Apple Maps vs. Google Maps: A year in analysis

Apple is constantly working on maps but, when you look at this incredibly detailed analysis by Justin O'Beirne, Google is racing.

Over the course of a year, Google quietly turned its map inside-out – transforming it from a road map into a place map.A year ago, the roads were the most prominent part of the map – the thing you noticed first. Now, the places are.

And:

In our Comparison last year, we found that Apple generally showed a greater variety of places than Google:But look what happens when we resurvey Google a year later: It's quite a difference – and Google's mix is now much closer to Apple's.

And:

Speaking of Apple... while Google has been making all those changes, what has Apple been up to? After all, Apple announced an "all-new design" for Apple Maps just weeks before Google's Summer redesign.Let's take a look at how Apple looked a year ago, before it released its new design:And now let's see how it looks today:See the difference?I don't either.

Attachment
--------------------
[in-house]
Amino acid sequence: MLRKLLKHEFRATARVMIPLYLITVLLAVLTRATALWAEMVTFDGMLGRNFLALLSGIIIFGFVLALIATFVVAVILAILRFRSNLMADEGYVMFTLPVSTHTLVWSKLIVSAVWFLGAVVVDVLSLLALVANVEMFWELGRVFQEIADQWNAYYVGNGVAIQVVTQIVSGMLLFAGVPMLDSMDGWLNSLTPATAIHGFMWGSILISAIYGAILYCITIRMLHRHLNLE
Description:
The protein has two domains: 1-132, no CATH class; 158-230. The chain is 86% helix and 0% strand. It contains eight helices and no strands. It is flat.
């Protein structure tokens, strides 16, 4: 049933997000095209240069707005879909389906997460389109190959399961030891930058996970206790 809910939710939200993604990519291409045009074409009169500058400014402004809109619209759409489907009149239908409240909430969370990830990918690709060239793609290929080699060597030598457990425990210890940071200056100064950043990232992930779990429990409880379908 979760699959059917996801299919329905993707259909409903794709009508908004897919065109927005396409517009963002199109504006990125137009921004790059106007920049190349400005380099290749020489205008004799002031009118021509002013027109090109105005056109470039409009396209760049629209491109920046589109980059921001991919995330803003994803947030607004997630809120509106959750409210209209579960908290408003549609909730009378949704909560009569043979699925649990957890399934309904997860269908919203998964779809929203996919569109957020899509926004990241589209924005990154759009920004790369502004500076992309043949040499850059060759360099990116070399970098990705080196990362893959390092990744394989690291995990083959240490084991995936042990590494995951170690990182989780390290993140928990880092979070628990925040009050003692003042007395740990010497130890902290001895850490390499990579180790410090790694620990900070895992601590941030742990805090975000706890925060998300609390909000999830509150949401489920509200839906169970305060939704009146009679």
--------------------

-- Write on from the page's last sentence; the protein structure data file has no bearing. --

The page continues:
Last year, in addition to the major redesign, we also got Maps apps, so everything from ride-sharing to reservation making could live in and enhance maps. We also got steady progress for Apple Maps on the web.

I expect we'll see some of the next-generation of Maps updates at WWDC 2017 but here's hoping Apple can shed its dependence on TomTom data, accelerate the updates, and start closing that gap.

It's not about beating Google at maps either. It's about providing quality maps all Apple's own. Many people simply use whatever's built into the phone or tablet they buy, and for iPhone and iPad, that's Apple Maps. And they deserve as rapid and continuous improvements as possible.